I recently met a Sunni man who used to be virulently anti-American. He showed me postmortem pictures of his younger brother, who had been kidnapped by death squads and had holes drilled in his face.

“Even the Americans wouldn’t do this,” he said.

Here.

Published
Categorized as War

Nigeria to give up Charles Taylor

From the BBC:

Mr Taylor is accused of selling diamonds and buying weapons for Sierra Leone’s Revolutionary United Front rebels, who were notorious for hacking off the hands and legs of civilians during a 10-year war.

Here.

Published
Categorized as News

Rebar pranksters

From SFWeekly:

“My favorite reaction we get now and again is: ‘Why in the world would somebody do that? Why in God’s name would you do that?’ People are stunned that we would drive out to the desert to build a library or put a park in a parking space. I love that reaction. My response to that is: ‘Exactly.'”

Here.

Published
Categorized as Pranks

Nuclear Nightmares

From PixelPress:

Photographer Robert Knoth and reporter Antoinette de Jong have documented the impact of nuclear radiation in these four regions since Spring 1999. A book of their work, Certificate No. 00358/Nuclear Devastation in Belarus, Kazakhstan, Ukraine, the Urals and Siberia is to be published on April 18, 2006

Here.

Family sues for photos of dead athlete

From the Columbia Daily Tribune:

When University of Missouri-Columbia football player Aaron O’Neal collapsed in July on Faurot Field, a Tribune photographer (Jenna Isaacson) captured the scene. Now lawyers for the O’Neal family want access to more than 600 digital photos taken shortly before the athlete’s death.

Here.

Photographer held for hours by police

From WABC-TV:

Ben Hider, Photographer: “Three police officers ran at me, immediately, telling me to stop where I was.”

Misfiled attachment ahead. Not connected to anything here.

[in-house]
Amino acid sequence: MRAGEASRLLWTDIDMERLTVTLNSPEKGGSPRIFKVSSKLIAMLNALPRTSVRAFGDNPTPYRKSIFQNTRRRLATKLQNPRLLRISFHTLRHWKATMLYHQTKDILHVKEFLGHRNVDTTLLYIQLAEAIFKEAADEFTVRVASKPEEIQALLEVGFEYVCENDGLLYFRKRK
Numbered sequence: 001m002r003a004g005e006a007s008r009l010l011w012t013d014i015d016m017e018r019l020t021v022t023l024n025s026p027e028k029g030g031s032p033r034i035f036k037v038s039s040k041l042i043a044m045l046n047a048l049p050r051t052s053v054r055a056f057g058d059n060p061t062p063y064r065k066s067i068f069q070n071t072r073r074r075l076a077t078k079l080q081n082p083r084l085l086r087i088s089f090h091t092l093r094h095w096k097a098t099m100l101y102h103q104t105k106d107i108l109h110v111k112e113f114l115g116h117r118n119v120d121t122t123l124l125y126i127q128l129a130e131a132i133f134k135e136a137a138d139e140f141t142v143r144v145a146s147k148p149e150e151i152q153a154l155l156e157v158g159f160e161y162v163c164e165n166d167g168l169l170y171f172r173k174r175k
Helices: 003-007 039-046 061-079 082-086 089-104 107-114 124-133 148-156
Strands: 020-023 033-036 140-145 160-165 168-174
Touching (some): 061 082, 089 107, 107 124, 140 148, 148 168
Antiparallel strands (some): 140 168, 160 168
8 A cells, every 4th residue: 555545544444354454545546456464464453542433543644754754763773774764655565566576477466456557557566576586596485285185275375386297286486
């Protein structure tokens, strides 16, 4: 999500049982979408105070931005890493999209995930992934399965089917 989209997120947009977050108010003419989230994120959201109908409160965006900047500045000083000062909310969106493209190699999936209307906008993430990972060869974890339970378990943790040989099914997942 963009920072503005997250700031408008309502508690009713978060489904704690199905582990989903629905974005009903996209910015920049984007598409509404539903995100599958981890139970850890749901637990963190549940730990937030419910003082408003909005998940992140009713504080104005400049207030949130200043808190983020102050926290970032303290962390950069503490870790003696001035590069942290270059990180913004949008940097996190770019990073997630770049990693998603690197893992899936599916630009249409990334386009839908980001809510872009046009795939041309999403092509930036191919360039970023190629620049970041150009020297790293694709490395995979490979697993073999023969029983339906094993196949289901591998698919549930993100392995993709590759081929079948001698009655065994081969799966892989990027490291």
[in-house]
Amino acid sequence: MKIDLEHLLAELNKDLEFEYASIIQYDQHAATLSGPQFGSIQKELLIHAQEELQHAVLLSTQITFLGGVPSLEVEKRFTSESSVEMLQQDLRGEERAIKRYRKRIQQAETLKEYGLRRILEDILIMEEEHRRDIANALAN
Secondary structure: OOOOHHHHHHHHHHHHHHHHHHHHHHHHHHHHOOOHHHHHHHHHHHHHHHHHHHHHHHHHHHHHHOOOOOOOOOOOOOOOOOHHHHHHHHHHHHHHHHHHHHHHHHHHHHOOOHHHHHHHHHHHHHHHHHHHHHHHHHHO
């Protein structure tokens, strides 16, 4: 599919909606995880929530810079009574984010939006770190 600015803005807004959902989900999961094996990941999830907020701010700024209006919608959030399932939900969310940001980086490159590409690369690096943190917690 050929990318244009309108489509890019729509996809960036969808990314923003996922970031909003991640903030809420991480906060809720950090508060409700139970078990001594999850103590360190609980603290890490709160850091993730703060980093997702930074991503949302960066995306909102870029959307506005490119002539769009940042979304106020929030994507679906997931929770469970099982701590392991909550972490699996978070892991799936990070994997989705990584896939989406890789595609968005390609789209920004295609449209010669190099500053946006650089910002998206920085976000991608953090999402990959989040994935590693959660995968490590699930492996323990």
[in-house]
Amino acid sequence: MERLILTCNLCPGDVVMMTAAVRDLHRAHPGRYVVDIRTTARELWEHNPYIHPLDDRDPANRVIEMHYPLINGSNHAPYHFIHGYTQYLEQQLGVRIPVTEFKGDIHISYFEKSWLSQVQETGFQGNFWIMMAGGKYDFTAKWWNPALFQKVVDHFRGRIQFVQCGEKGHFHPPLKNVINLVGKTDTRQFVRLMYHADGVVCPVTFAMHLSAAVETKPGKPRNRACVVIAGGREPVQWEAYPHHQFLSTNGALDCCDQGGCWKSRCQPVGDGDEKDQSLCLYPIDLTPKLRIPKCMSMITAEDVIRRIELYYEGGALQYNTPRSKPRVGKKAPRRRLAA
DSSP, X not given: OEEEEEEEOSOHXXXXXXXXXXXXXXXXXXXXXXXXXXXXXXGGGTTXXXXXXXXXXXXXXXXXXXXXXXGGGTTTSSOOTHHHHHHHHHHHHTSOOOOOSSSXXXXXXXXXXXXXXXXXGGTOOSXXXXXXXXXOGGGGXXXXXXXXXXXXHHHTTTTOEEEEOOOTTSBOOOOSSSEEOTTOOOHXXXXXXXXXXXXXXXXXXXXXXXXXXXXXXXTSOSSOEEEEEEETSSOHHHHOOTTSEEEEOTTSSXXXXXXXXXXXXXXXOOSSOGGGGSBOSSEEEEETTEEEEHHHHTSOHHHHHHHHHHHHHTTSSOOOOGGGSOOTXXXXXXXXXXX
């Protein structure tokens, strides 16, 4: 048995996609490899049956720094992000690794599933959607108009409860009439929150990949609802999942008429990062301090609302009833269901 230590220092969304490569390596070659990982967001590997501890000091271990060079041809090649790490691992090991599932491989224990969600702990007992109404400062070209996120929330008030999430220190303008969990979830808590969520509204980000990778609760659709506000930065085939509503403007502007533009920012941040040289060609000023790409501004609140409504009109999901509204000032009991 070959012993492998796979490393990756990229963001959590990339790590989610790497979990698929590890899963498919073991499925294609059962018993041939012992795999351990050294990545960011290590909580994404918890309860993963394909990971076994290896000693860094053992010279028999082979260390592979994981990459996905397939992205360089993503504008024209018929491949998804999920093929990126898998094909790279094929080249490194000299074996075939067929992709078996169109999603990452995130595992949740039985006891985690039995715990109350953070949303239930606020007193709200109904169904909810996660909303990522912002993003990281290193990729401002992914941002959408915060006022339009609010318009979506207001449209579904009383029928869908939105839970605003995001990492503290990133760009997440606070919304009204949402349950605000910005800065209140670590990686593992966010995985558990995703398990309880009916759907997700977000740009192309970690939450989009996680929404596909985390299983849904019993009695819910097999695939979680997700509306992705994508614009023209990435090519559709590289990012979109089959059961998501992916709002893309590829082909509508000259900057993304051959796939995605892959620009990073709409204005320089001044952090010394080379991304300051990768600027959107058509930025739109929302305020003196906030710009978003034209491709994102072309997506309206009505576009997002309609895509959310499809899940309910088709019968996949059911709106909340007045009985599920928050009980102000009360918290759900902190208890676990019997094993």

“Emptied my pockets, searched me, frisked me, started telling me about the recent terrorist threats in America over the past five years and ‘haven’t I been watching the news?'”

Here.

Banksy takes on the Melbourne Street Art Scene


From the Guardian, via Wooster Collective:

What is disappointing about the authority’s attitude is that Australia is probably still the only country in the world to have elevated a graffiti writer to the status of national public hero. Arthur Stace was an alcoholic from the slums of Sydney who found God while listening to a Baptist preacher in a hostel in the 1940s and took to writing the word “eternity” on the ground in chalk. He rendered it in meticulous copperplate script more than half a million times across Sydney over the next three decades, becoming an urban legend before his death in 1967 at the age of 83. He has since been honoured by a plaque, a range of council-approved merchandise and was the centrepiece of celebrations when the word “eternity” in his trademark hand was lit up in 100ft-high letters on Sydney harbour bridge to mark the new millennium.
Here.

Catching up with Alec Soth

From PDN, Alec Soth on his Niagra project:

I drive a van from home. I always stay in motels. I normally stay on the Canadian side. The only things I look for in a motel are wireless Internet and a windowless bathroom for changing film. When I ask the clerk if they have these two things, they usually give me a suspicious look.

Here.